You’ve decided to invest in your mental health and wellbeing by engaging in therapy. Where do you start? What support are you looking for? Does your GP need to be involved? What are the likely costs? Navigating the territory of seeking help can be confusing. It is hard enough to take the first step without the additional stress of researching every potential option.
One pathway involves requesting a Mental Health Care Plan through your GP which provides a set number of rebated sessions with a psychologist. This is particularly helpful if you are seeking a diagnosis or short-term intervention. Treatment typically involves an approach called Cognitive Behavioral Therapy (CBT).
Currently, Medicare will rebate you $129.55 for a 50+ minute session with a clinical psychologist on a Mental Health Care Plan (more for Clinical). If the actual cost for a session is greater than this, you’ll pay the difference.The Australian Psychological Society’s 2021-2022 recommended schedule of fees sets the standard 45 to 60 minute consultation fee at $267 (GST exempt) with a clinical psychologist. Under this recommendation, a gap of $137.45 per session remains payable, with the fee reverting to the full amount after the set number of rebated sessions is reached.
Psychotherapy and Counselling Federation of Australia (PACFA) registered counsellors, on the other hand, provide a variety of therapeutic interventions (which can include CBT), specialising in specific modalities to more flexibly meet the needs of each client. They do not diagnose conditions, rather, working from a non-pathologising, evidence-based perspective that includes the whole person (which, of course, may include a diagnosed condition).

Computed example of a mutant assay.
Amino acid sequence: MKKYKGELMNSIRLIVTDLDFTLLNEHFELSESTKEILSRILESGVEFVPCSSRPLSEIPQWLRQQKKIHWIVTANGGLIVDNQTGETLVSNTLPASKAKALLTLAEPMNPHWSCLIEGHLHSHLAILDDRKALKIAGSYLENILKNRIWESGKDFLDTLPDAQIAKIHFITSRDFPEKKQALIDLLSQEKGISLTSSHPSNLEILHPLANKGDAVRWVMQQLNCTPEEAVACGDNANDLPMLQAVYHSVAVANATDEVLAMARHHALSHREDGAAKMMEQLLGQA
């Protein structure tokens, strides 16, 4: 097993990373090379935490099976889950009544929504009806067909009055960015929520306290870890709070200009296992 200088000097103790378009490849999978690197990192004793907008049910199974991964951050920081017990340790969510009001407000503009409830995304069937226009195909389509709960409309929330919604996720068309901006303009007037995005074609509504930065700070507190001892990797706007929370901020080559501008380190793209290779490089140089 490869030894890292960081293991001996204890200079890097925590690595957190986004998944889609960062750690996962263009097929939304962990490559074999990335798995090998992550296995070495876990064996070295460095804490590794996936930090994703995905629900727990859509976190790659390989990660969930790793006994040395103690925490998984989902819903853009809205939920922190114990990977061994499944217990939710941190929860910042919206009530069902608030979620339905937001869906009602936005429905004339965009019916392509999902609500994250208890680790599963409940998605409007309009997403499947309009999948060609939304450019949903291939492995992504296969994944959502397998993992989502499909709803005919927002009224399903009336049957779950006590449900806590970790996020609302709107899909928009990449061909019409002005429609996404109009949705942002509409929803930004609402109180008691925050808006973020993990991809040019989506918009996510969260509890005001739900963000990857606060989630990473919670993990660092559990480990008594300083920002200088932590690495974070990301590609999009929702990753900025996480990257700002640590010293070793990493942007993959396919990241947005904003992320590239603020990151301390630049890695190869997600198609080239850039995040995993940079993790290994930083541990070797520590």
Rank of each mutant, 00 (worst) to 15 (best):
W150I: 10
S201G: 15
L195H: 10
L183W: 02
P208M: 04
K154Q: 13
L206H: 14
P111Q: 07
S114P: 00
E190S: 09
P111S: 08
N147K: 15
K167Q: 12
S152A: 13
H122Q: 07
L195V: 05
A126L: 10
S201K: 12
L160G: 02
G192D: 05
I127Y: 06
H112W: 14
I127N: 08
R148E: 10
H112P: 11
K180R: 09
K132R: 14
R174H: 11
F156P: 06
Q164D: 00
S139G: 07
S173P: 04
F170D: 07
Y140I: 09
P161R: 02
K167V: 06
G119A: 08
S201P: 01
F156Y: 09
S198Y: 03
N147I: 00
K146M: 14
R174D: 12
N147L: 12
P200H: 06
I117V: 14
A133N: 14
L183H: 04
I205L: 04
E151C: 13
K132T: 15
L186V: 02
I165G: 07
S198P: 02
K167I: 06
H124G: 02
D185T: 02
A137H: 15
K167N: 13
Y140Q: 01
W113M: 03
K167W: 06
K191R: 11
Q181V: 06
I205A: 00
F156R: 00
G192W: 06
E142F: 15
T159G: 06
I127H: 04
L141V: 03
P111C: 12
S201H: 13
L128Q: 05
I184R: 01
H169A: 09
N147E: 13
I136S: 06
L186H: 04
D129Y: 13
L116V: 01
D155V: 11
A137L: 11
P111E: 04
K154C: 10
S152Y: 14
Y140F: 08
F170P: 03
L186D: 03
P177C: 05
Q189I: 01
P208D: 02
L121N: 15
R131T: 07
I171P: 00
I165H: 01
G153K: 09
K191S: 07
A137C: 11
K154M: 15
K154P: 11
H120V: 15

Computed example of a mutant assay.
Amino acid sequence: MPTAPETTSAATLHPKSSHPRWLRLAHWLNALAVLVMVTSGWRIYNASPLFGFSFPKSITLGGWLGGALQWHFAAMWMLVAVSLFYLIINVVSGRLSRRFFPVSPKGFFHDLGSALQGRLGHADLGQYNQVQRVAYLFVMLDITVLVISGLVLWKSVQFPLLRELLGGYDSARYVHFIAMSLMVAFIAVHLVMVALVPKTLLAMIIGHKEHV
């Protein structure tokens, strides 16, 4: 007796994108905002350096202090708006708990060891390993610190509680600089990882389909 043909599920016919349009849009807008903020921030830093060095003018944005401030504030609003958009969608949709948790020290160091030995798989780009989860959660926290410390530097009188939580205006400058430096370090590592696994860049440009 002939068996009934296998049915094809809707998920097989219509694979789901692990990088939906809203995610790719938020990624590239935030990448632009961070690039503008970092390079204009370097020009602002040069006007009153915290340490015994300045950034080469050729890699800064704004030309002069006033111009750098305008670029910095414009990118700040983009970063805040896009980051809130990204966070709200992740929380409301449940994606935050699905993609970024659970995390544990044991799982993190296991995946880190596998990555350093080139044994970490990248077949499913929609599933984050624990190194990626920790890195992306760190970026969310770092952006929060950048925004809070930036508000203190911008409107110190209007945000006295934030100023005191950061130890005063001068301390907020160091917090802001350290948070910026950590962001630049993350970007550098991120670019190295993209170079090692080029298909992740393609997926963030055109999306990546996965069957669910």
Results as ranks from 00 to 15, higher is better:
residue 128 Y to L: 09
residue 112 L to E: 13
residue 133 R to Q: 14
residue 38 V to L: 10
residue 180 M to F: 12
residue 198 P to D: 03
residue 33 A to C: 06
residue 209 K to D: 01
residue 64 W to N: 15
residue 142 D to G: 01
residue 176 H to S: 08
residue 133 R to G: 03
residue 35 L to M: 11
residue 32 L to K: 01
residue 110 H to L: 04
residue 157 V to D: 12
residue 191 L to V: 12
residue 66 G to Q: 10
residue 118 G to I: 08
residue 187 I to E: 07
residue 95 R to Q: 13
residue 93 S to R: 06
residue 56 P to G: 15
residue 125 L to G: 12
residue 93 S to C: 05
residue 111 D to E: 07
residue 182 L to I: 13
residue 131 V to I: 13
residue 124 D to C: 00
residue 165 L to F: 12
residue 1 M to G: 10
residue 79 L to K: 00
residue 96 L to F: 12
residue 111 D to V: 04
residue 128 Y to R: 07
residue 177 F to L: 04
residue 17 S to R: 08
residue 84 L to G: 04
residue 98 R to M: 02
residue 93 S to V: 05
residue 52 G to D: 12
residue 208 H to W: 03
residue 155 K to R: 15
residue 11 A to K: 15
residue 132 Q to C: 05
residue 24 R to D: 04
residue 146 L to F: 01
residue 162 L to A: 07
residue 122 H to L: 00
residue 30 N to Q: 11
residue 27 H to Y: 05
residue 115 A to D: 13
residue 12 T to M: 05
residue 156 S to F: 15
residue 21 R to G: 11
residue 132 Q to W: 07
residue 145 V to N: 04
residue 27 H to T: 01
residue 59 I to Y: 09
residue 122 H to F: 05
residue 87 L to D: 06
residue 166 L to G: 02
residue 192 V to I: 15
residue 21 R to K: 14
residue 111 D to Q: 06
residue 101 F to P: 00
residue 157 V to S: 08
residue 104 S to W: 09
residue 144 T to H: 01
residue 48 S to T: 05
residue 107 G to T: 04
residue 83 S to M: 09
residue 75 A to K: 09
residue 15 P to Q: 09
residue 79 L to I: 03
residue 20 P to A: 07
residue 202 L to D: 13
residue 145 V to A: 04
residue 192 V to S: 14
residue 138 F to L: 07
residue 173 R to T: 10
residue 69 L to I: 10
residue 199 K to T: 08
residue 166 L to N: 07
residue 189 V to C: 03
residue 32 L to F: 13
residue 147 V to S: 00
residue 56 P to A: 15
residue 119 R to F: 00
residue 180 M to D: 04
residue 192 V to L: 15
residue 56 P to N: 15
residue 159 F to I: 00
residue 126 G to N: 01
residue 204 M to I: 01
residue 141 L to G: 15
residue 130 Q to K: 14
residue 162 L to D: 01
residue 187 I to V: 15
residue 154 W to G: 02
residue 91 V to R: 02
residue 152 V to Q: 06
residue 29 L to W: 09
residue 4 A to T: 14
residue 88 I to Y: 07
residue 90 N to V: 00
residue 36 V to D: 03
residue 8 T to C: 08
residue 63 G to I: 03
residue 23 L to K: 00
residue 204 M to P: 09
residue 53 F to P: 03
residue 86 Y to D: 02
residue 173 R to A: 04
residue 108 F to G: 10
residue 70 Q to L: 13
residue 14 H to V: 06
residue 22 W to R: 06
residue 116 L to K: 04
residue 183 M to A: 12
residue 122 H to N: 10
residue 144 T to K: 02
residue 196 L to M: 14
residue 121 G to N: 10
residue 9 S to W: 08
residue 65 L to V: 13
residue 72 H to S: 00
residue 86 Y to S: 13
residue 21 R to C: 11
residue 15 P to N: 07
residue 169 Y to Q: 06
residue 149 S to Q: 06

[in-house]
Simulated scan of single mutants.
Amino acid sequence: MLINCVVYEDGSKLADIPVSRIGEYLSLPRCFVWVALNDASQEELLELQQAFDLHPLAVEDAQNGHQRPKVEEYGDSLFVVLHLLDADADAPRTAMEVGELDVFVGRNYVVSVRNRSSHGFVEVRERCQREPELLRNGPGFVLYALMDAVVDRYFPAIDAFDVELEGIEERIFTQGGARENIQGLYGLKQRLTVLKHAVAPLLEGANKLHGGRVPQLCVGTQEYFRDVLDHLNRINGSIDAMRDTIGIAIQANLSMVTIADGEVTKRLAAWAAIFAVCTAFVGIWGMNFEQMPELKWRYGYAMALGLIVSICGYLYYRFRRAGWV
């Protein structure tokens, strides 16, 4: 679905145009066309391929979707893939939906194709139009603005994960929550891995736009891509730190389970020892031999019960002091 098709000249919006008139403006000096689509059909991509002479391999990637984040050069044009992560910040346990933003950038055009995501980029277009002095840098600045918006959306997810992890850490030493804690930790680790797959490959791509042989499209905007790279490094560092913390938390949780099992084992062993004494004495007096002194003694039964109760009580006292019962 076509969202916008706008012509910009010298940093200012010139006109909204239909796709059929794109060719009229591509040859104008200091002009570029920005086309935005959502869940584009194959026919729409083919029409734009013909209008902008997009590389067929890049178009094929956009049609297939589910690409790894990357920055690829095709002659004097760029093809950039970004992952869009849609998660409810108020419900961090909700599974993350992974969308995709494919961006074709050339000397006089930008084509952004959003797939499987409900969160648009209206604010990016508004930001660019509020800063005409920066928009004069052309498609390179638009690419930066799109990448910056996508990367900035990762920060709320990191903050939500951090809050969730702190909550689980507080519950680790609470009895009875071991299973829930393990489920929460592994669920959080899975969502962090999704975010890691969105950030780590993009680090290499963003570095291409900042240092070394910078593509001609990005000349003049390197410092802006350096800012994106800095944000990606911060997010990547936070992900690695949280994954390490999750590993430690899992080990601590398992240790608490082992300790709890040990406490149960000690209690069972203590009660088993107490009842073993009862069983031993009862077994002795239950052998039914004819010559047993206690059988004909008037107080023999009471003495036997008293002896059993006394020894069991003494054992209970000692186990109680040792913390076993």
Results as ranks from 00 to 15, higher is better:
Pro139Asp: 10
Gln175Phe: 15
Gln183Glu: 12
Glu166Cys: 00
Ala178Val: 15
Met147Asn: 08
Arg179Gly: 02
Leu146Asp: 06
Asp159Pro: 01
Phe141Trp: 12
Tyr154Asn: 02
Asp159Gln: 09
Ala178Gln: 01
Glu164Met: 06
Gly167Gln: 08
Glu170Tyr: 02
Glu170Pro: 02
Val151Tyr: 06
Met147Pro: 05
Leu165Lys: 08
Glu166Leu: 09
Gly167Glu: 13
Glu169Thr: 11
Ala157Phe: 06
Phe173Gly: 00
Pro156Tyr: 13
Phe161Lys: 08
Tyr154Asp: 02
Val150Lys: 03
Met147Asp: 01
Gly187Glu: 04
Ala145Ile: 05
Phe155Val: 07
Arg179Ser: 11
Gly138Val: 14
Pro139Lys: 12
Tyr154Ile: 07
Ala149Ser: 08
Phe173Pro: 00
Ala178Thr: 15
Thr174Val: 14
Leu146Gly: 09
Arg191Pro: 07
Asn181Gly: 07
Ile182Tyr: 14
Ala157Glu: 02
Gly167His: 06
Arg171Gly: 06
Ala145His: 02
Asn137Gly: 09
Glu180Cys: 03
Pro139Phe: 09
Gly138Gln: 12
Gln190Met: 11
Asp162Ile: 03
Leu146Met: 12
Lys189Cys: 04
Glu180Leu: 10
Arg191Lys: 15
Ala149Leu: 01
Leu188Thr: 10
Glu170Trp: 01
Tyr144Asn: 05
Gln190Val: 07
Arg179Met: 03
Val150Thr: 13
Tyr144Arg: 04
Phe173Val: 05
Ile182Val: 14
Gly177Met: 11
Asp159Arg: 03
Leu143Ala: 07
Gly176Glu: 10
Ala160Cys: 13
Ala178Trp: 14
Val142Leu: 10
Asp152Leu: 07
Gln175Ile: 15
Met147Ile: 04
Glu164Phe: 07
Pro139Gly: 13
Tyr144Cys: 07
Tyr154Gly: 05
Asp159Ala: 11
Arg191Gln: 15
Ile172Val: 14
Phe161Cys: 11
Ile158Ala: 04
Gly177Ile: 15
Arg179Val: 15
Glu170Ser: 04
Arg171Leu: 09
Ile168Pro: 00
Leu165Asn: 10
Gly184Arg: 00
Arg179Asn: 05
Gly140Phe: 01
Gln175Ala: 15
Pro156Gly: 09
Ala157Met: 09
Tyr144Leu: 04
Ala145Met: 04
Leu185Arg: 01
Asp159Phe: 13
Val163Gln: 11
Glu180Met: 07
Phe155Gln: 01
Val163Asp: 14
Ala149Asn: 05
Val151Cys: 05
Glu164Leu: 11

More often than not, a registered counsellor’s session fee is similar to the gap of a rebated Mental Health Care Plan session fee. Mangrove House, for instance, charges $120 + GST ($132) per 60 minute session. Working with a counsellor or psychotherapist, there are no limits on the number of sessions you can access per year. This is decided together by you and your counsellor.
Due to the common misconception that the Mental Health Care Plan is the most affordable and correct way to access counselling, the psychologist on your doctor’s referral may have a lengthy waiting list, whereas a counsellor would be able to refer you to a specialist within their network more quickly to meet your needs if they were not able to see you during your time of need.
When working with a counsellor or psychotherapist, correspondence with your GP is entirely your choice. If you want discretion, counselling is not included on any medical records (such as my myhealthrecord.gov.au or eHealth) – unless you request this from your GP.
Ultimately, it is important to be well informed and confident in your choice to engage in therapy. Finding the right support need not be stressful. Chat to one of our counsellors today to see if our offering meets your needs.7